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Fall on Snow, Bad Weather, Oregon, Mount Hood

FALL ON SNOW, BAD WEATHER

Oregon, Mount Hood

At 2:30 a.m. on Sunday, June 21, a group from the Mazamas gathered at the Cloud Cap Inn on the northeast side of Mount Hood and began a trek toward the summit via the Cooper Spur route.

As the group was descending from the top, ten of the 16 climbers who reached the summit suffered a fall of up to 2,000 feet from the chimney to Eliot Glacier. Five climbers were killed and five others injured.

Jack Bohl (29) of Portland, one of the climbers who fell, described the scene in a nutshell: “We were going up the Cooper Spur route and we had gone up to the summit. The weather wasn’t bad when we started, but when we reached the summit about 11 a.m., the weather had deteriorated. It was windy and wet. We were going back down when one of our rope teams slipped. They went sliding uncontrollably through a narrow and steep chute, knocking down seven others and everybody wound up sliding down together. We slid under the Eliot Glacier and came to a stop.”

No one knows exactly what caused the accident; apparently someone lost his footing. Bohl indicated that the weather could have caused the climbers to rush a bit and that that may have been a factor. “We were concerned about getting down because everyone was getting cold and wet and it was getting late,” he said.

After the fall, the six climbers who did not get tangled up in the human avalanche worked their way down the mountain. According to Sheriff Lynch, three of them went to Cloud Cap Inn for help and the others headed for Eliot Glacier to aid the victims. Meanwhile, John Goss (20) was digging himself out of trouble and trying to help the others do the same.

According to Bohl, those who fell first—the leaders of the climb—suffered the worst

punishment and died. “Our fall did create kind of an avalanche, though, and that may have cushioned us from hitting the rocks,” he added.

Goss said that he was able to free himself after the fall and then began working to help others. “We stopped just on top of Eliot Glacier in deep snow,” said Goss. “The first thing I did after I realized I was not injured badly was yell out to find if anyone was alive. I got several responses.”

About 30 feet away, Goss saw a pile of people, ropes and equipment. “I got three of the people out and asked them to help the others, then I left by myself to go and get help.” Goss got back onto the Cooper Spur route and headed for camp. He met up with another group of climbers and told them of the trouble; they relayed the message to Cloud Cap Inn where a call was made to the sheriff.

It wasn’t long before several area rescue teams and the sheriff were on the scene. The 304th Aerospace Rescue and Recovery Squadron with its helicopters was also called in.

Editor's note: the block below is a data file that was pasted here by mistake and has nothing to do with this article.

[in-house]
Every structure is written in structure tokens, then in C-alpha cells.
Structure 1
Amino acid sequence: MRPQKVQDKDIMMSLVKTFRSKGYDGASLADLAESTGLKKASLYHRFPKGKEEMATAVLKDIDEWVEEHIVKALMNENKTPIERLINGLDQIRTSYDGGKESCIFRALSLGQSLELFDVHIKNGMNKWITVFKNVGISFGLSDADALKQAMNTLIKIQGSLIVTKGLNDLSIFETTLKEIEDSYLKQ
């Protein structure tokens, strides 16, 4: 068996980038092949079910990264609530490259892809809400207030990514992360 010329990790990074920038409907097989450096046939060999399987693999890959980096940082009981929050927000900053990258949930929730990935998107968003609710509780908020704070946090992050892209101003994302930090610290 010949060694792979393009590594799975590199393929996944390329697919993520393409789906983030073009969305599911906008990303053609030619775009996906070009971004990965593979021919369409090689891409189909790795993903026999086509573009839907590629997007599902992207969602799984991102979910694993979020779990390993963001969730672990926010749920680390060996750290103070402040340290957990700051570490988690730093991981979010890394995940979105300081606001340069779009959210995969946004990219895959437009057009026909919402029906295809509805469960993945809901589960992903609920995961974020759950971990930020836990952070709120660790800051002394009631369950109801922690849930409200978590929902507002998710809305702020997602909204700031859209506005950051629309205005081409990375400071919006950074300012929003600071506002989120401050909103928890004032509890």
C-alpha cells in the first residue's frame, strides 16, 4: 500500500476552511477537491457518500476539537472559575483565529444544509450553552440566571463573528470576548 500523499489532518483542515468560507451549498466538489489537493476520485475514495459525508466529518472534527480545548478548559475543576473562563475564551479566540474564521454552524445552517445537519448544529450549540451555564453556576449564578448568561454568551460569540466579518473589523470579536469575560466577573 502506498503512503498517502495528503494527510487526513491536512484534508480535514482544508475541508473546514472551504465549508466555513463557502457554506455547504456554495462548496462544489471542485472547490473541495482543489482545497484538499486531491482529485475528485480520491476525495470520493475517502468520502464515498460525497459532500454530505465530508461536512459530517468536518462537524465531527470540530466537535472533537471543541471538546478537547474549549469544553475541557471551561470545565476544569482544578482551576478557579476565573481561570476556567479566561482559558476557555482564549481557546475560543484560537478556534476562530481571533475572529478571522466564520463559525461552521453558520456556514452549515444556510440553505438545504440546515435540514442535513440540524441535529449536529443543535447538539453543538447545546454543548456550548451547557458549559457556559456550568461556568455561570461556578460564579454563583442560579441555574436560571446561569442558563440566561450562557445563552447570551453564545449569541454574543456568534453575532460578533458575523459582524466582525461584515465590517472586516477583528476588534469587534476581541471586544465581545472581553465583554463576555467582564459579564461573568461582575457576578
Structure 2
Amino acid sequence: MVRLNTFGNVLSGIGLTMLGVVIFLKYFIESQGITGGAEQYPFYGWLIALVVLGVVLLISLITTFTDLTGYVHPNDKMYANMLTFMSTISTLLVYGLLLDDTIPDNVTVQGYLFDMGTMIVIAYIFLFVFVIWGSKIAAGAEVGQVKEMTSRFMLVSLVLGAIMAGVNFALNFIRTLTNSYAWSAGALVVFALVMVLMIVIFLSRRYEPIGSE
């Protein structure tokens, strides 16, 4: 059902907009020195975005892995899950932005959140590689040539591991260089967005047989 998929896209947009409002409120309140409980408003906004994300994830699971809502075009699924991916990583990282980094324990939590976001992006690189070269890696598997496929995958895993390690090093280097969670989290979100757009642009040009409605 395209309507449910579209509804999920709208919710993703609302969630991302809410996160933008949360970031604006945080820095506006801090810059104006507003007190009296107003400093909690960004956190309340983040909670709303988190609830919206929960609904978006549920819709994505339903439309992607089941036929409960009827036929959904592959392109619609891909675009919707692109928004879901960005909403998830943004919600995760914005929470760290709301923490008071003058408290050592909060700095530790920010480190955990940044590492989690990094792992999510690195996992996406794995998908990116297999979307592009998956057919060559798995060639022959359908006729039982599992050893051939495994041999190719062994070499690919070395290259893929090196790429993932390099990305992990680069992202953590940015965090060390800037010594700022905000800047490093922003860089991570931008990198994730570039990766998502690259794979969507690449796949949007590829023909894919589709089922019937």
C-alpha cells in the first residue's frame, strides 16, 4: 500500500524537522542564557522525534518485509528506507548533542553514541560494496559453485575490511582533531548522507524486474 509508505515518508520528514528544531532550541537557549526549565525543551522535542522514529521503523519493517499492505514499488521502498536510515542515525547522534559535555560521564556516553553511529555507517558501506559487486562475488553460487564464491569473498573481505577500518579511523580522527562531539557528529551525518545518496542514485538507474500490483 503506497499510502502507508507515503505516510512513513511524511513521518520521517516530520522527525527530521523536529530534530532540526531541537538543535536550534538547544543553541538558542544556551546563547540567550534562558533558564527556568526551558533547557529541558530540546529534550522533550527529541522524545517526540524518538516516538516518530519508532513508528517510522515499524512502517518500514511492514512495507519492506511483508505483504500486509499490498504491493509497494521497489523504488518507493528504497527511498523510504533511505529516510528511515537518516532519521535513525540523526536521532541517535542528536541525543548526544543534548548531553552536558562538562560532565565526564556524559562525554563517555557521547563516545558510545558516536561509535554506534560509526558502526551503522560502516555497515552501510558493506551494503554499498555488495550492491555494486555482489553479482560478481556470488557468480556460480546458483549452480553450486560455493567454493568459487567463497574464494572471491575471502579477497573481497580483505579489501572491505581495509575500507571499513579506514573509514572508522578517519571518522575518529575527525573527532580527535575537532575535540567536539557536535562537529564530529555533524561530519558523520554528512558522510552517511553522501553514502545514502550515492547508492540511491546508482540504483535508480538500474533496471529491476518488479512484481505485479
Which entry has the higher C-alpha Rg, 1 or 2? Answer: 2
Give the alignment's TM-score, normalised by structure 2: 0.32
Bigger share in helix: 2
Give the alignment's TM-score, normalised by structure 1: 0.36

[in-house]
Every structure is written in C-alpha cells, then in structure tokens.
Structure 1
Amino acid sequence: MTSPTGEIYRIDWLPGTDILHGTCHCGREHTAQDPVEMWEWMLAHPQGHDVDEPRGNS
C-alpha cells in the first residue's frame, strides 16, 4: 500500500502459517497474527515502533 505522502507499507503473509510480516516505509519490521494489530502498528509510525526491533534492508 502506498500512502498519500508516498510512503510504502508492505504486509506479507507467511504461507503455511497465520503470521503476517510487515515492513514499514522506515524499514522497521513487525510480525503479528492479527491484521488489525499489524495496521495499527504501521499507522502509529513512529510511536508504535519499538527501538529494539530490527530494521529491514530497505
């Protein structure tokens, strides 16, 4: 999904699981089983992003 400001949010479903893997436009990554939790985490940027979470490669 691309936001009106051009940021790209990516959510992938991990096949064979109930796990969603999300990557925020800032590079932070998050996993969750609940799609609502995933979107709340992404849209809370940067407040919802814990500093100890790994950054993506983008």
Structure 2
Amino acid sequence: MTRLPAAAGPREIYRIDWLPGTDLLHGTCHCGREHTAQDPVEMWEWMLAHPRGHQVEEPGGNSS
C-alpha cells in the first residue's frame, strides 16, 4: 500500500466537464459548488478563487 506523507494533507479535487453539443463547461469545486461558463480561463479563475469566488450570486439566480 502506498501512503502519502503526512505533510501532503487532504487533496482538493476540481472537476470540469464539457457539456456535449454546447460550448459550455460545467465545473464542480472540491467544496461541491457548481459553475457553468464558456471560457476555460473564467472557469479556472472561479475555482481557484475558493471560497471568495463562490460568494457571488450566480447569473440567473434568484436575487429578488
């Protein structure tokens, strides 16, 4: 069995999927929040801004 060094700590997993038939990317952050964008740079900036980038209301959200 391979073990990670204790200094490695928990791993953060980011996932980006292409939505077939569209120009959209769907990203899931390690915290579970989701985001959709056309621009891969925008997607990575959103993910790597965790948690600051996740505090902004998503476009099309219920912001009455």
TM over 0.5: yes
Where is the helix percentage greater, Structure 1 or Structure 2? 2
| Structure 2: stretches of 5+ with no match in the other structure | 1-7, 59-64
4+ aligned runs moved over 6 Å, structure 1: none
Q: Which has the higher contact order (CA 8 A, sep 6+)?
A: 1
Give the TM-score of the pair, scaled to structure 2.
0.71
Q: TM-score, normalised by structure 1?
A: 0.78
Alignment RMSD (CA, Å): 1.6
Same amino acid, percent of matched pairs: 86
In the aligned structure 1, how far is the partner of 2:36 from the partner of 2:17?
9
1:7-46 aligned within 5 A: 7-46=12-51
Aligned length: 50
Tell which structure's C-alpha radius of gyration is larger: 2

Because of darkness and poor climbing conditions, the bodies of the five dead climbers were left overnight. By 6:00 a.m. Monday, June 22, rescue crews were already setting out—a distance of at least two miles from Cloud Cap Inn—to bring back the bodies.

Some 25 volunteers from the Hood River Crag Rats, Alpinees and Moresco search and rescue groups aided in carrying the bodies and gear back to Cloud Cap.

Those killed in the accident were climb leader George Anderson (36), Boring; Jim Darby (35), Newberg; Garth Westcott (35), Bend; Larry Young (33), most recently of Corvallis; and Leah Lorenson (39), Vancouver, who died of cardiac arrest in a Portland hospital about 10:40 p.m. Sunday. (Source: Hood River News, Hood River, Oregon, June 25, 1981)

Analysis

It was not an unseasoned climbing group that made history with this fall. The Mazamas are regular climbers who have scaled about every peak around.

“They are a large climbing organization,” said Sheriff Lynch. “I think they have about 2,500 members.” Lynch pointed out that he did not know what level of experience the climbers had, but he said that people he talked to indicated that most of them had five or six years under their belt.

According to Art Israelson, who aided in the rescue, the leader of the climb, George Anderson, “was a very careful climber.”

However, the Mazamas group was hardly the first climbing party to fall from the chimney to Eliot Glacier. Reports have it that ten people have died in the same area on the peak in the last 30 years.

Dick Pooley, a member of the rescue group and a seasoned mountaineer, called the area from which the climbers fell “very dangerous.” He said, “It’s one of those areas where you can’t relax. You’re directly exposed to the glacier. We call it the chute.”

Jim Dixon, a member of the Moresco group from Portland, agreed. “You can almost say it’s a popular place to fall,” he said. “It’s happened so many times. The fall line comes over onto the glacier, so when you take a fall, instead of coming down the Cooper Spur route, you swing down and come onto the glacier.” (Source: Hood River News, Hood River, Oregon, June 25, 1981)